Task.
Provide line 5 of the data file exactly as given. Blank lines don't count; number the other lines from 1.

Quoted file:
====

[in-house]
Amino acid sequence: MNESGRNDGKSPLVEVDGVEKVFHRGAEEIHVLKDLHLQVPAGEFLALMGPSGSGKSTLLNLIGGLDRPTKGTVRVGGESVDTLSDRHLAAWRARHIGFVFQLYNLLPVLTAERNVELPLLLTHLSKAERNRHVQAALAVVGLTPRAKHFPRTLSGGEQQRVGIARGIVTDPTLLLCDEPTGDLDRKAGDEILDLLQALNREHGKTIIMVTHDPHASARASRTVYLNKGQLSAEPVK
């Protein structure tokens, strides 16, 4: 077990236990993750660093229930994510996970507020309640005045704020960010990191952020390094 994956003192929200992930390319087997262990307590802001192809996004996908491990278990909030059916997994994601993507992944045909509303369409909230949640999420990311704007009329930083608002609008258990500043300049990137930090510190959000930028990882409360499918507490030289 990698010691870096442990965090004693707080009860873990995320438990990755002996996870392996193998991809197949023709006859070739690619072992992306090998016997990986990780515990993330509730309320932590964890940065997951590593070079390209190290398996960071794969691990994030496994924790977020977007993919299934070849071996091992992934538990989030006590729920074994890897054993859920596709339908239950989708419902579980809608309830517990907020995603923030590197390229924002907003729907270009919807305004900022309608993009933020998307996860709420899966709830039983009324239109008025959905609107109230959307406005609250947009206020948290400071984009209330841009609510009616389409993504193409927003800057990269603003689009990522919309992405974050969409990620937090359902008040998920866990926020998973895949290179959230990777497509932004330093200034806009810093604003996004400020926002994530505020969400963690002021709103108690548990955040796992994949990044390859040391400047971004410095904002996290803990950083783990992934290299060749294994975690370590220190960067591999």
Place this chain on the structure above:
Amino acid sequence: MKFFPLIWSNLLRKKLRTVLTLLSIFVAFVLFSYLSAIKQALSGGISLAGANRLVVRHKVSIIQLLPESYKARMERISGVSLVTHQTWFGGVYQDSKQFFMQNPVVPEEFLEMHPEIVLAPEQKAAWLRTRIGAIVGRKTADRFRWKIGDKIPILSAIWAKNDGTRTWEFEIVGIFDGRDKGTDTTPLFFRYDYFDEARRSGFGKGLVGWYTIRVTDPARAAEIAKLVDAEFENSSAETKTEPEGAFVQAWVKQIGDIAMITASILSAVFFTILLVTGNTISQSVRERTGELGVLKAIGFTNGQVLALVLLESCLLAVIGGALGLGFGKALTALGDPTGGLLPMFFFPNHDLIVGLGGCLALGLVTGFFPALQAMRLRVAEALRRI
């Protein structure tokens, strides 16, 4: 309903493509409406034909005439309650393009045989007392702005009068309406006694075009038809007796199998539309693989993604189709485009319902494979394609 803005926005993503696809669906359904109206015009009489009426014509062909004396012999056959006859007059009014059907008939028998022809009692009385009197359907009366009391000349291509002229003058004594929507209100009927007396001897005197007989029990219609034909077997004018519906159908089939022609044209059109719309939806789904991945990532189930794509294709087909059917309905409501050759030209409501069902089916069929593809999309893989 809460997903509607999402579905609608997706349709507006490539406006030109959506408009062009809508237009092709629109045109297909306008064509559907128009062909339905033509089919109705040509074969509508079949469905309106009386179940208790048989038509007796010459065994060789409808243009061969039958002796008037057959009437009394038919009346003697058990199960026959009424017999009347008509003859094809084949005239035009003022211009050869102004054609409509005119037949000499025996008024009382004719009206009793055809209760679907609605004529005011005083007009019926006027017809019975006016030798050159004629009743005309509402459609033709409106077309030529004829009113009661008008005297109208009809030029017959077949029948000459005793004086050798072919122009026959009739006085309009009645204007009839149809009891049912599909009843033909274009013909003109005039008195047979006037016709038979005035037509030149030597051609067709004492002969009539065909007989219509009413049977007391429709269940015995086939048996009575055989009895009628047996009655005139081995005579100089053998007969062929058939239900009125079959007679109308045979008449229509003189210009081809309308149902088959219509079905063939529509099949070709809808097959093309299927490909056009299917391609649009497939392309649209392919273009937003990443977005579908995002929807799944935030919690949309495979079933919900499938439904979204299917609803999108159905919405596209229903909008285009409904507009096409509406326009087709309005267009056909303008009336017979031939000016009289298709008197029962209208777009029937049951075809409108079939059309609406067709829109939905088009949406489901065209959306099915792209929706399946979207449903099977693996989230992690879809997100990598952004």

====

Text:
Amino acid sequence: MKFFPLIWSNLLRKKLRTVLTLLSIFVAFVLFSYLSAIKQALSGGISLAGANRLVVRHKVSIIQLLPESYKARMERISGVSLVTHQTWFGGVYQDSKQFFMQNPVVPEEFLEMHPEIVLAPEQKAAWLRTRIGAIVGRKTADRFRWKIGDKIPILSAIWAKNDGTRTWEFEIVGIFDGRDKGTDTTPLFFRYDYFDEARRSGFGKGLVGWYTIRVTDPARAAEIAKLVDAEFENSSAETKTEPEGAFVQAWVKQIGDIAMITASILSAVFFTILLVTGNTISQSVRERTGELGVLKAIGFTNGQVLALVLLESCLLAVIGGALGLGFGKALTALGDPTGGLLPMFFFPNHDLIVGLGGCLALGLVTGFFPALQAMRLRVAEALRRI